In 2009, scientists discovered wild Arakan forest turtles for the first time in history in an elephant sanctuary in Myanmar.[9] The research, carried out in 2003 and 2009, used canines and survey teams working with locals to search for the rare species.[10] A survey of local hunters in the area revealed several possible behavioral characteristics of the turtle, such as a nocturnal lifestyle and increased activity during the early wet season. They also claim to find around two or three turtle eggs when skinning female specimens around June and July, possibly revealing the reproductive system and cycle of the species.[11] The scientific team also labeled the area as a good prospective place to focus conservation efforts for the turtle, despite the fact that locals do occasionally hunt and eat them. Even with those activities, the elephant sanctuary is difficult to access and lacks any human settlement, making any human interference with the turtle merely opportunistic. No large-scale commercial project hunts the turtle, nor would there be a demand for one, since the turtle is too difficult to find compared to the little profit there is for doing so. Furthermore, the area even has a low risk of being exploited for natural resources, as easier-to-access areas nearby are abundant with them.[12]

In 2009, scientists discovered wild Arakan forest turtles for the first time in history in an elephant sanctuary in Myanmar.[9] The research, carried out in 2003 and 2009, used canines and survey teams working with locals to search for the rare species.[10] A survey of local hunters in the area revealed several possible behavioral characteristics of the turtle, such as a nocturnal lifestyle and increased activity during the early wet season. They also claim to find around two or three turtle eggs when skinning female specimens around June and July, possibly revealing the reproductive system and cycle of the species.[11] The scientific team also labeled the area as a good prospective place to focus conservation efforts for the turtle, despite the fact that locals do occasionally hunt and eat them. Even with those activities, the elephant sanctuary is difficult to access and lacks any human settlement, making any human interference with the turtle merely opportunistic. No large-scale commercial project hunts the turtle, nor would there be a demand for one, since the turtle is too difficult to find compared to the little profit there is for doing so. Furthermore, the area even has a low risk of being exploited for natural resources, as easier-to-access areas nearby are abundant with them.[12]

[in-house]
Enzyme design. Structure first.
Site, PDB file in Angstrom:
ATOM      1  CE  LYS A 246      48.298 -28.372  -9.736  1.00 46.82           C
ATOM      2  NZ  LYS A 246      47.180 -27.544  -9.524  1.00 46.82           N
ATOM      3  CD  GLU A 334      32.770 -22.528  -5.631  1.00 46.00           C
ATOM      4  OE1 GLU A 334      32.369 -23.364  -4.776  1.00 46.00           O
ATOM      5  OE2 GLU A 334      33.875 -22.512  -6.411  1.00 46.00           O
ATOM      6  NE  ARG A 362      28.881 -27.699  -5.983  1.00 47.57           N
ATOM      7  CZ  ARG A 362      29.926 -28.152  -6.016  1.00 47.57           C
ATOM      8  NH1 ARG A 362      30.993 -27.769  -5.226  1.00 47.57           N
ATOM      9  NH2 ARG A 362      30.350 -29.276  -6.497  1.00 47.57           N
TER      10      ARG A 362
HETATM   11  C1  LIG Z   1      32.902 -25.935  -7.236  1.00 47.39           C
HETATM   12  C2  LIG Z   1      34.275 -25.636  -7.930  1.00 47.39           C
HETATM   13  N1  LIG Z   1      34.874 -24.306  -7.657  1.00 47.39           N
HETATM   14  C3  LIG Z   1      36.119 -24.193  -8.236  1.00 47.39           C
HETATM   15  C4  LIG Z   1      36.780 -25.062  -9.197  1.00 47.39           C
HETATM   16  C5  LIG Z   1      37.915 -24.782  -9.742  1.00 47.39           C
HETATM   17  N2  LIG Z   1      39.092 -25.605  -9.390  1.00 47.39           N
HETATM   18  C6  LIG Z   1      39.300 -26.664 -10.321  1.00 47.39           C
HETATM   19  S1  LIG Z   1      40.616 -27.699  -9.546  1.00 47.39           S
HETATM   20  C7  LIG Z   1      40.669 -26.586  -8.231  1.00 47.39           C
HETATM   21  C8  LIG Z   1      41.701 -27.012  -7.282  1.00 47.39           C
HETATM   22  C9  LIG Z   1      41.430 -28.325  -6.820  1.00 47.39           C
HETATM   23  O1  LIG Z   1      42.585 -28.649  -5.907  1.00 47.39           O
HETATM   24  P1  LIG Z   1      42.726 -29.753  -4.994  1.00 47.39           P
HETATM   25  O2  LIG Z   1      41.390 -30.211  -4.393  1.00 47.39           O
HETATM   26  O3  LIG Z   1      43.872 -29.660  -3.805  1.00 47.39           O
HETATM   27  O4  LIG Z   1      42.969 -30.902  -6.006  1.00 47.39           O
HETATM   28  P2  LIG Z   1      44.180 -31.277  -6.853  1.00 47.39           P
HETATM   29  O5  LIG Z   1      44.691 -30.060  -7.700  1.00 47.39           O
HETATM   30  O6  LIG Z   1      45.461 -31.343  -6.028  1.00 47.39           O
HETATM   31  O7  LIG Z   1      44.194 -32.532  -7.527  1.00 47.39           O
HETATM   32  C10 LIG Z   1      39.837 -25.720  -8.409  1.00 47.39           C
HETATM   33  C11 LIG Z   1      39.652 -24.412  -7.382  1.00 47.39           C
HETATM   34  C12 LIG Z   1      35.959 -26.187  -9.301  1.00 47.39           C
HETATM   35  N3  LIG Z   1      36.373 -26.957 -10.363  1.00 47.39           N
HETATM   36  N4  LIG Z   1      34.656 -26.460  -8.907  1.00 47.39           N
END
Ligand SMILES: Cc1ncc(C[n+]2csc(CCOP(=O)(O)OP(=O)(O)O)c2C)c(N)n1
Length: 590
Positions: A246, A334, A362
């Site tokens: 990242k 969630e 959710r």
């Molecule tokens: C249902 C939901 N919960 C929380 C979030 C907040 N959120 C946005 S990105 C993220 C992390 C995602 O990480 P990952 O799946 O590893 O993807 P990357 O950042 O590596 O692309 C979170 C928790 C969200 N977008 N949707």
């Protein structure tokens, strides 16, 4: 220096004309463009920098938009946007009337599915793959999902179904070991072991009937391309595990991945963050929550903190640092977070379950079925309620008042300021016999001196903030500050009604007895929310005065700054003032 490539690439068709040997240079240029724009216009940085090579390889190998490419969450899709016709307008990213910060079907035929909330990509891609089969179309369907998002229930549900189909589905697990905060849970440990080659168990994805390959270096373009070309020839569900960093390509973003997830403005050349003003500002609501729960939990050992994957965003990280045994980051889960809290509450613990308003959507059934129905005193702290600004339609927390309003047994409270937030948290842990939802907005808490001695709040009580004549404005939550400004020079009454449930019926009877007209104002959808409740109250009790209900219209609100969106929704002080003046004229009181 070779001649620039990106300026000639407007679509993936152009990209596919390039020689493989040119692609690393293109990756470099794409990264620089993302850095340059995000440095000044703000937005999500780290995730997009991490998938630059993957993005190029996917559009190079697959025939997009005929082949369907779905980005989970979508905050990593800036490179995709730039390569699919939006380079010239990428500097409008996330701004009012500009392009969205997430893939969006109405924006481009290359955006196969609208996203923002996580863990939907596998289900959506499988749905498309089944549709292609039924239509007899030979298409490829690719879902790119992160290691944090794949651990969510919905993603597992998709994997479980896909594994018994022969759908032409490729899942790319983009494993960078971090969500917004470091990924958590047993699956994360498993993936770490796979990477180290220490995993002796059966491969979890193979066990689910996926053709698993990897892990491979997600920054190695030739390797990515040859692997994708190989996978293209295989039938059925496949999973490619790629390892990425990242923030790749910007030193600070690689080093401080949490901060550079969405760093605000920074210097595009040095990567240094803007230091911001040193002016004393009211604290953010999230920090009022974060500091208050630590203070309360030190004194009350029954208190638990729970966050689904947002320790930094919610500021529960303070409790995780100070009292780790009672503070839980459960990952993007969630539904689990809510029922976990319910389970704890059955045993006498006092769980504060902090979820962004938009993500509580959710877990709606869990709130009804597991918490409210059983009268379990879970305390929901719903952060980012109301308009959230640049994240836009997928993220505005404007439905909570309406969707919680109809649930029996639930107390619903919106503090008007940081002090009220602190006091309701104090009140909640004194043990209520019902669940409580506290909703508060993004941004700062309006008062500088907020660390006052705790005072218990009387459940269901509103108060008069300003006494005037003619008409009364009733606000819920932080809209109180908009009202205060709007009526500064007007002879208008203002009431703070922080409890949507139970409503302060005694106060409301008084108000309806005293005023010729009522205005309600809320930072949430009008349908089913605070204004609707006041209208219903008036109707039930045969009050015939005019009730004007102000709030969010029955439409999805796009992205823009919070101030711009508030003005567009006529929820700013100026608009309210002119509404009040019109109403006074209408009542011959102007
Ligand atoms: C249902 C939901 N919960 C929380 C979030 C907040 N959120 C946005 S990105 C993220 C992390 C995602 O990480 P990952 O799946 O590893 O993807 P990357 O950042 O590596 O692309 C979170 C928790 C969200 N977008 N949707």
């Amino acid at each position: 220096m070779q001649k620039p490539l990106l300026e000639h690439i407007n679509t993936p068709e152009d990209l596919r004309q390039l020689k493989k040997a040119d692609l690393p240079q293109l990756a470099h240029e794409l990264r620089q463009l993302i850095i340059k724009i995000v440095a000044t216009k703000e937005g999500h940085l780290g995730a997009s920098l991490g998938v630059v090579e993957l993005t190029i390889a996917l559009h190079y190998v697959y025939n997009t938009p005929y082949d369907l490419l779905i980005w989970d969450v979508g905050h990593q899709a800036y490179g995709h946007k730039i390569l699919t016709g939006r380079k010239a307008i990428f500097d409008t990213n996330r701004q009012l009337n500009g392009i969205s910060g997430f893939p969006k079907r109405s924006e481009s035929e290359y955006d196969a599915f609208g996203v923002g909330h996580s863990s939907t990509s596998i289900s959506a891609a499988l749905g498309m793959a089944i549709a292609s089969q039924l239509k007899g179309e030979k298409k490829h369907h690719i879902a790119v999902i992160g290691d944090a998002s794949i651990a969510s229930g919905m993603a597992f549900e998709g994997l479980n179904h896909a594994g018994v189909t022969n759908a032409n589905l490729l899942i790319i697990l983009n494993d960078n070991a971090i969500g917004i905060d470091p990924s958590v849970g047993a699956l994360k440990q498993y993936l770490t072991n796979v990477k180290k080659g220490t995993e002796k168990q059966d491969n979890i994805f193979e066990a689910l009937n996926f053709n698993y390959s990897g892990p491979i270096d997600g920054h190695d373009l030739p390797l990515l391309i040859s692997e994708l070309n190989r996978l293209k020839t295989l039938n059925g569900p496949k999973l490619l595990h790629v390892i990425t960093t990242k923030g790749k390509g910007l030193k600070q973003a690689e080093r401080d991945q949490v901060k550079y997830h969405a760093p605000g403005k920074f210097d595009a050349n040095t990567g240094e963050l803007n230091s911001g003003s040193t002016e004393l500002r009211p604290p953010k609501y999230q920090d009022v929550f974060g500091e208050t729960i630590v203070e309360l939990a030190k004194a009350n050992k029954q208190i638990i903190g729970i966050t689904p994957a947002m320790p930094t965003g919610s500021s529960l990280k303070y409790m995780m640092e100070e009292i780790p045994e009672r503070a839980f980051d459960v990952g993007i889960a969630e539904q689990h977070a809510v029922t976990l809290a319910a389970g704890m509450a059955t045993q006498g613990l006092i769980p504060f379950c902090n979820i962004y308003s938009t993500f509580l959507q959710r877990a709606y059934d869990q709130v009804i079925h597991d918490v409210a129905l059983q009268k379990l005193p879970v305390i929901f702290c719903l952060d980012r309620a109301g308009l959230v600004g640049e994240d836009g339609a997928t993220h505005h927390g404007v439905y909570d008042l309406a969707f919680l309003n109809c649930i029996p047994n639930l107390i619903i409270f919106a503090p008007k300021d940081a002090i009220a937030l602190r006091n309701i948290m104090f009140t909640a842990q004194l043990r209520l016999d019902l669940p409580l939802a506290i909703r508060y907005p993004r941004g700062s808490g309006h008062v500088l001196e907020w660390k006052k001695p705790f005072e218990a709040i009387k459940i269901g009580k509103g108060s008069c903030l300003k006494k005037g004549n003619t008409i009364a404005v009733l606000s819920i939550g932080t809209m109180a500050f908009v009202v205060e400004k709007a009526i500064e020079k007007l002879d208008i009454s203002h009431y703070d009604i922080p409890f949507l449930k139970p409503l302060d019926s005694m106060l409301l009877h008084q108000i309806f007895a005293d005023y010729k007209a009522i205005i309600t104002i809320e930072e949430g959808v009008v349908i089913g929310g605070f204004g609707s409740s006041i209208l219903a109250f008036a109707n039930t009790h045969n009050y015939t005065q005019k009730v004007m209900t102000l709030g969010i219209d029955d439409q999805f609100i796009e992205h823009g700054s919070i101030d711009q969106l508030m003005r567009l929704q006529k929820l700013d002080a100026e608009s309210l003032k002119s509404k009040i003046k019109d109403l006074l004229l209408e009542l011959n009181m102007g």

In 2009, scientists discovered wild Arakan forest turtles for the first time in history in an elephant sanctuary in Myanmar.[9] The research, carried out in 2003 and 2009, used canines and survey teams working with locals to search for the rare species.[10] A survey of local hunters in the area revealed several possible behavioral characteristics of the turtle, such as a nocturnal lifestyle and increased activity during the early wet season. They also claim to find around two or three turtle eggs when skinning female specimens around June and July, possibly revealing the reproductive system and cycle of the species.[11] The scientific team also labeled the area as a good prospective place to focus conservation efforts for the turtle, despite the fact that locals do occasionally hunt and eat them. Even with those activities, the elephant sanctuary is difficult to access and lacks any human settlement, making any human interference with the turtle merely opportunistic. No large-scale commercial project hunts the turtle, nor would there be a demand for one, since the turtle is too difficult to find compared to the little profit there is for doing so. Furthermore, the area even has a low risk of being exploited for natural resources, as easier-to-access areas nearby are abundant with them.[12]